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  GEORGE W. CHAPMAN, counsellor and attorney-at-law at Canastota and a representative of one of the most distinguished pioneer families of Madison County, was born in Clockville, October 11, 1847. Though yet comparatively a young man, he has won for himself an enviable reputation in his profession, which is one of the most exacting in its demands upon the mental and physical equipment of its devotees. His father, William H. Chapman, who is still living at Clockville, this county, was born in 1813, and although past his eightieth year, is still actively pursuing his lifelong calling, that of a farmer. He is a son of Colonel Stephen Chapman, of Stonington, Conn., who, when a young man, removed with his wife from his native State to Clockville, Madison County, N.Y. Colonel Chapman was a lawyer by profession, and was also a surveyor, following both professions in this county for many years. He was a leading man of his section of the county, was a Colonel of the State militia, Postmaster of his village for several years, a thoroughly practical surveyor, and a successful lawyer. He was married twice, his second wife being Keturah Palmer, of Connecticut, by whom he reared a large family of sons and daughters, William H., the father of the subject of this sketch, being one of the eldest. Three of these children are still living, the others besides William H. being Mary Ann, widow of Conrad G. Moot, of Clockville, and Augusta, widow of Clinton L. Cotton, of Canastota. Colonel Chapman lived to a good old age, dying at the age of eighty; and his widow survived him some fifteen years. William H. Chapman married Mary Sayles, of Clockville, a daughter of Silas Sayles, one of the ancient pioneers of the county. She died at the age of thirty-three, leaving two children, George W. and A. F., the latter now living at Clockville. William H. Chapman was afterward married to Ann Taylor, of Auburn, who died in middle life, leaving no children.
  George W. Chapman, like most boys of that day in his county, was reared to farm life until he was eighteen years old, having in the mean time received a good education in the district schools and at Cazenovia Seminary, which institution he attended for several terms, paying his way therein with five hundred dollars which he had inherited. At the age just mentioned he entered the law office of Chapman & Forbes, of Clockville, and, having successfully pursued the study of his future profession, was admitted to the bar in 1876, and immediately began the practice of his profession in the same office in which he had studied, as a member of the legal firm of Forbes & Chapman. In 1878 he removed to Canastota, where he has since been successfully engaged in practice. He has been twice elected and twice appointed to the office of justice of the Peace, and has four years of his second appointive term to serve, the length of his period of service in this responsible position being fully and amply indicative of the satisfaction he has given to his fellow-citizens by the manner of his performance of its duties.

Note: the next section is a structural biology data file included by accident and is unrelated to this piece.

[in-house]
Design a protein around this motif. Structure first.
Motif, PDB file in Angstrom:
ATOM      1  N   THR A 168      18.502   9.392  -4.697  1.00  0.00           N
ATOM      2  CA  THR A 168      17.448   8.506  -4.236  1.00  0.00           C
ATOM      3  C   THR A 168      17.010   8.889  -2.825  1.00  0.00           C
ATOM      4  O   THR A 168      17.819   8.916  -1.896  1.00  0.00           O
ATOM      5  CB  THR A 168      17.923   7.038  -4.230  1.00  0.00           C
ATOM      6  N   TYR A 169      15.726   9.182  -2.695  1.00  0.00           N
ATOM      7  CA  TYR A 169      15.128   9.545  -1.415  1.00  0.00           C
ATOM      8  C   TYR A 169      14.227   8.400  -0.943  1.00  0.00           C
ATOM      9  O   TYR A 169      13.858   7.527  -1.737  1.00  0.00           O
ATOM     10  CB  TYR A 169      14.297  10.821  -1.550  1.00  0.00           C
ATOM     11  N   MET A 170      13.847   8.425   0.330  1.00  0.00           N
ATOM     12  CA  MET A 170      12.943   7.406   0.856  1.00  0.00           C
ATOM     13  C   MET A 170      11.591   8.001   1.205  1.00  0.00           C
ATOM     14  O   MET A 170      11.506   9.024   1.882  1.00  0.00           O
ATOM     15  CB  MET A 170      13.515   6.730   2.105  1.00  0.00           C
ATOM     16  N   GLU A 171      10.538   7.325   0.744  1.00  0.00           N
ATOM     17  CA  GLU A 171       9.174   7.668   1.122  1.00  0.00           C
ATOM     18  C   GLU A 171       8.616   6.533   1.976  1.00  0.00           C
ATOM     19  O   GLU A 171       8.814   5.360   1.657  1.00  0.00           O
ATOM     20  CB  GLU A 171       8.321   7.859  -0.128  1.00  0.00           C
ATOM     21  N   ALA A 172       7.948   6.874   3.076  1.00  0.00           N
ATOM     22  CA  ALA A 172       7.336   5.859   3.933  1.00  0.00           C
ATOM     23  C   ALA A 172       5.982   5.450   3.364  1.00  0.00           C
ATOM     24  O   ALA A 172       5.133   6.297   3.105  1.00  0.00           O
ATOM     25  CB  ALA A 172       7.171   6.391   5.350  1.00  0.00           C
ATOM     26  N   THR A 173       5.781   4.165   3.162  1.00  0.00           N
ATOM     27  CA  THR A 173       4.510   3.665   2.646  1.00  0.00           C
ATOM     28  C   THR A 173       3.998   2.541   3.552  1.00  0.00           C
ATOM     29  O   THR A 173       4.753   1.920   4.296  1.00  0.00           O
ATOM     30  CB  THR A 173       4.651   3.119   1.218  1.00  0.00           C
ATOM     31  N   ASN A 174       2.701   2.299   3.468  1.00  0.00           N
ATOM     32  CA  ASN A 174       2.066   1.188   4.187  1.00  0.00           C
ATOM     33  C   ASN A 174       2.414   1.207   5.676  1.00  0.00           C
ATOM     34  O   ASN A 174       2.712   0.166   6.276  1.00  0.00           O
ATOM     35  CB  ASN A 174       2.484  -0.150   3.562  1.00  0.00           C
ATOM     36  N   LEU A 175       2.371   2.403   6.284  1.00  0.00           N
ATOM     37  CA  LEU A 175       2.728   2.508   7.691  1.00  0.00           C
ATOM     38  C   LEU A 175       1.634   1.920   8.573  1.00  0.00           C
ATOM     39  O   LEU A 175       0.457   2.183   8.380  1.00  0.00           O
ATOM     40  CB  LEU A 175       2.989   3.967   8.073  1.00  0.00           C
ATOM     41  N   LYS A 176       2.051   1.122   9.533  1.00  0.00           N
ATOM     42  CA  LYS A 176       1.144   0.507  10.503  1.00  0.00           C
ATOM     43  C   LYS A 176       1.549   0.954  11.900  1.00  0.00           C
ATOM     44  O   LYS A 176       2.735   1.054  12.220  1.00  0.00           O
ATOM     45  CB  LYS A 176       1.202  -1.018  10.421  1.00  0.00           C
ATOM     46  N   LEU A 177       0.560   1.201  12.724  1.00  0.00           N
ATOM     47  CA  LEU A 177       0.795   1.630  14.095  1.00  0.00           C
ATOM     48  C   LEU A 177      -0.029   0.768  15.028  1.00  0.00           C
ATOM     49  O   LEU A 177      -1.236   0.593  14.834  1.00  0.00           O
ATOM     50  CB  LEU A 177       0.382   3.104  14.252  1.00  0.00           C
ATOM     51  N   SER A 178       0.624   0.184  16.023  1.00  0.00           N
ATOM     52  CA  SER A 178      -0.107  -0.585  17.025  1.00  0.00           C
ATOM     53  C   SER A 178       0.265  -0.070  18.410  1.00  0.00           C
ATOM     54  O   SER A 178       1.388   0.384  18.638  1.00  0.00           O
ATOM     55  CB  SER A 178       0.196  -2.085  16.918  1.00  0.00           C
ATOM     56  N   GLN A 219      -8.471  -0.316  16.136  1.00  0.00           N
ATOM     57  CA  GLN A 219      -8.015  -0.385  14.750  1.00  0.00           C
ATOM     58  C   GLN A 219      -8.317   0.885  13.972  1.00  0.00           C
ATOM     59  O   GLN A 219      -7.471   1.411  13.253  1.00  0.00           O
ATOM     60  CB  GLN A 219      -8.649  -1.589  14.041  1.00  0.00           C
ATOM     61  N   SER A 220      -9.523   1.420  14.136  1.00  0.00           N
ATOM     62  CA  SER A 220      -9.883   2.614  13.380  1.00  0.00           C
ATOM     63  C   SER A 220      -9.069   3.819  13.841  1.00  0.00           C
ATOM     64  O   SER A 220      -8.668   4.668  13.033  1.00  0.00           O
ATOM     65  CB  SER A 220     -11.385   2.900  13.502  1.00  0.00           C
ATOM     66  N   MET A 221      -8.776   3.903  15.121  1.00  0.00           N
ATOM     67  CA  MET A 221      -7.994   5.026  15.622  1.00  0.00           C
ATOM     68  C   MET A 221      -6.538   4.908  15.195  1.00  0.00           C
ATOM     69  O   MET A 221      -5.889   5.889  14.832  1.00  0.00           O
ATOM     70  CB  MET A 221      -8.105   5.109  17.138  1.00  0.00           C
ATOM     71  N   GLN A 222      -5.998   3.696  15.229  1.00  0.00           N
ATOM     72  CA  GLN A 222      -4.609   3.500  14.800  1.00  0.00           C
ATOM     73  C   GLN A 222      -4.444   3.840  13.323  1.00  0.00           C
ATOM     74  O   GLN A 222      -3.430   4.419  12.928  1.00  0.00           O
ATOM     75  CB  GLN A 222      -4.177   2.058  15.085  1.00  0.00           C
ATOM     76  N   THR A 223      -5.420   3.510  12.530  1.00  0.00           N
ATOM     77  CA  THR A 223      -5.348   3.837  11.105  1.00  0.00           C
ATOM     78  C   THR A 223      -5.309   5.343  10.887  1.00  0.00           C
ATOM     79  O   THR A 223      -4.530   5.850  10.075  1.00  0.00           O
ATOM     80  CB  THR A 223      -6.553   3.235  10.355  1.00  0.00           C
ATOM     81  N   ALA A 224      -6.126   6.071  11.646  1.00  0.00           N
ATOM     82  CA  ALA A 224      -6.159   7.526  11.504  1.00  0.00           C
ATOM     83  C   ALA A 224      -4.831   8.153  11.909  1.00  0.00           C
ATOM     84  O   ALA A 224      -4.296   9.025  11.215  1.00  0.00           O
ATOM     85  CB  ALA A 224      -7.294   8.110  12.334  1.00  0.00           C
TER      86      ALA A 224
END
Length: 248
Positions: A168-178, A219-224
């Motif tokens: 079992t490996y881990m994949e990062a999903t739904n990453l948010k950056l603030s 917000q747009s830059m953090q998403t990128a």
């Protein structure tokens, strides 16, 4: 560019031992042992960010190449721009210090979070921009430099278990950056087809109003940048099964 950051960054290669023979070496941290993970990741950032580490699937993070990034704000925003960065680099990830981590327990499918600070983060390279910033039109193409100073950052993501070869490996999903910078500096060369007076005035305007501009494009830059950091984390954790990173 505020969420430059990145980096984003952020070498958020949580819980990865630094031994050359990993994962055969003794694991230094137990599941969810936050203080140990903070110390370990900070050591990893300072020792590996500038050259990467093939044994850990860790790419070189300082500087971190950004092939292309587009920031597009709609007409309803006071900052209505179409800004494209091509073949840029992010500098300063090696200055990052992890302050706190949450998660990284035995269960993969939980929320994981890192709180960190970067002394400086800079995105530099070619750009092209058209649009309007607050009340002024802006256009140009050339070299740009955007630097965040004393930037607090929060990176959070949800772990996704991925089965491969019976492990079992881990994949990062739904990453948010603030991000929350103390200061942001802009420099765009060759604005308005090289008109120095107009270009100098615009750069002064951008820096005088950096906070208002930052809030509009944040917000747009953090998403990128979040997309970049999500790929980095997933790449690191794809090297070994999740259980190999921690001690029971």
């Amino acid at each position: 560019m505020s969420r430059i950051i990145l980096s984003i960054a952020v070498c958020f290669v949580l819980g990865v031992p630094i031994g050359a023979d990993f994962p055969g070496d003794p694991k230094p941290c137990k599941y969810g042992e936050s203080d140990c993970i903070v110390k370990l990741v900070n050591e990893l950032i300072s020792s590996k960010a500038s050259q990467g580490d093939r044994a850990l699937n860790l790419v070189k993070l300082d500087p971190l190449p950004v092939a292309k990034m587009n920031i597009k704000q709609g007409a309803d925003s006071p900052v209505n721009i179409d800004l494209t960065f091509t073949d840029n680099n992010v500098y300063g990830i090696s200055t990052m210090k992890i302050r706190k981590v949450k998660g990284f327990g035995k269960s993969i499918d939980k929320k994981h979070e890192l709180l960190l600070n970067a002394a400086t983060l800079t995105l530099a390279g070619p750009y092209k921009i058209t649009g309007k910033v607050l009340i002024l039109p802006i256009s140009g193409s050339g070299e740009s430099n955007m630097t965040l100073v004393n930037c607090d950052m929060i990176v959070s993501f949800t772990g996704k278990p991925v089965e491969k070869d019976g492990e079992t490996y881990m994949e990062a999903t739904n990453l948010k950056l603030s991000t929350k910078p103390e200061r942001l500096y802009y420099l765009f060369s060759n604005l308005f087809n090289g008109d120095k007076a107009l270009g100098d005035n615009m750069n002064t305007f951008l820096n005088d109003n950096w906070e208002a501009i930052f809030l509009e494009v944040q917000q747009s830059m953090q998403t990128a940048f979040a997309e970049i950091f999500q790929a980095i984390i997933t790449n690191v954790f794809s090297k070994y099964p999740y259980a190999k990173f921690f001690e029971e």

Beginning life with little or no capital, Mr. Chapman has by his own unaided efforts won his way to an enviable position at the bar and a high place in the estimation of his fellow-citizens, and has also succeeded in accumulating a comfortable competence by the exercise of his profession. He is a thirty-second degree Mason, with which fraternity he has been connected since 1870, and is a member of Central City Commandery, No. 25, K. T., of Syracuse; of Mecca Temple, of New York City; also of the Ancient Arabic Order of Nobles of the Mystic Shrine. For five successive years he has been Master of the Canastota Lodge, has served as High Priest of Doric Chapter of Oneida, and has for several years been District Deputy Grand Master. He is also an Odd Fellow, and was Grand Master of the State of New York during 1889 and 1890, and at the present time is Grand Representative of the State to the Sovereign Grand Lodge of the United States and Canada.
  Mr. Chapman was married June 22, 1870, to Miss Sarah Wilcox, daughter of A. C. and Catharine (Huyck) Wilcox, both of Clockville, a fuller history of which family is contained in the sketch of A. C. Wilcox.

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